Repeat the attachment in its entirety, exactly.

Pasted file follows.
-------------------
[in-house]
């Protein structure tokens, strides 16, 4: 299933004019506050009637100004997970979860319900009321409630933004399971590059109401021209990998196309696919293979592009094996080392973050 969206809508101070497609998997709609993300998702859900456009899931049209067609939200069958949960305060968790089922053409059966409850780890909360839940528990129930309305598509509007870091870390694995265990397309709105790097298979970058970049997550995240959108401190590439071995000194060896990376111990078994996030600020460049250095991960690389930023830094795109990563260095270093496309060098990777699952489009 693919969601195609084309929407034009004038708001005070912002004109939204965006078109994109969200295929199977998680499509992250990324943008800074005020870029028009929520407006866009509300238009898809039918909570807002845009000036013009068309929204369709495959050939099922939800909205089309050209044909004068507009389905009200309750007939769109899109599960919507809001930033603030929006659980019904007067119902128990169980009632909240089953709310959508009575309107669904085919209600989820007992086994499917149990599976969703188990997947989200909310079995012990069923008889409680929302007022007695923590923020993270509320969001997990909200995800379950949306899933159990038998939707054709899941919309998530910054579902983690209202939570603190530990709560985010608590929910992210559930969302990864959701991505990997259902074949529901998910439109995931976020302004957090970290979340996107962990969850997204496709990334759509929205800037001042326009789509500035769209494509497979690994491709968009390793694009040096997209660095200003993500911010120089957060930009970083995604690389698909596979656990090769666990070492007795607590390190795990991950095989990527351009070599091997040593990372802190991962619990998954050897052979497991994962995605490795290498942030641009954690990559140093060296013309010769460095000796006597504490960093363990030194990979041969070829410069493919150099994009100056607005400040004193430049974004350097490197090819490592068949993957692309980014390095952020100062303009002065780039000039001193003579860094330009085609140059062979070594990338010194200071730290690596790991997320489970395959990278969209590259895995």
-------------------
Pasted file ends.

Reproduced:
[in-house]
């Protein structure tokens, strides 16, 4: 299933004019506050009637100004997970979860319900009321409630933004399971590059109401021209990998196309696919293979592009094996080392973050 969206809508101070497609998997709609993300998702859900456009899931049209067609939200069958949960305060968790089922053409059966409850780890909360839940528990129930309305598509509007870091870390694995265990397309709105790097298979970058970049997550995240959108401190590439071995000194060896990376111990078994996030600020460049250095991960690389930023830094795109990563260095270093496309060098990777699952489009 693919969601195609084309929407034009004038708001005070912002004109939204965006078109994109969200295929199977998680499509992250990324943008800074005020870029028009929520407006866009509300238009898809039918909570807002845009000036013009068309929204369709495959050939099922939800909205089309050209044909004068507009389905009200309750007939769109899109599960919507809001930033603030929006659980019904007067119902128990169980009632909240089953709310959508009575309107669904085919209600989820007992086994499917149990599976969703188990997947989200909310079995012990069923008889409680929302007022007695923590923020993270509320969001997990909200995800379950949306899933159990038998939707054709899941919309998530910054579902983690209202939570603190530990709560985010608590929910992210559930969302990864959701991505990997259902074949529901998910439109995931976020302004957090970290979340996107962990969850997204496709990334759509929205800037001042326009789509500035769209494509497979690994491709968009390793694009040096997209660095200003993500911010120089957060930009970083995604690389698909596979656990090769666990070492007795607590390190795990991950095989990527351009070599091997040593990372802190991962619990998954050897052979497991994962995605490795290498942030641009954690990559140093060296013309010769460095000796006597504490960093363990030194990979041969070829410069493919150099994009100056607005400040004193430049974004350097490197090819490592068949993957692309980014390095952020100062303009002065780039000039001193003579860094330009085609140059062979070594990338010194200071730290690596790991997320489970395959990278969209590259895995």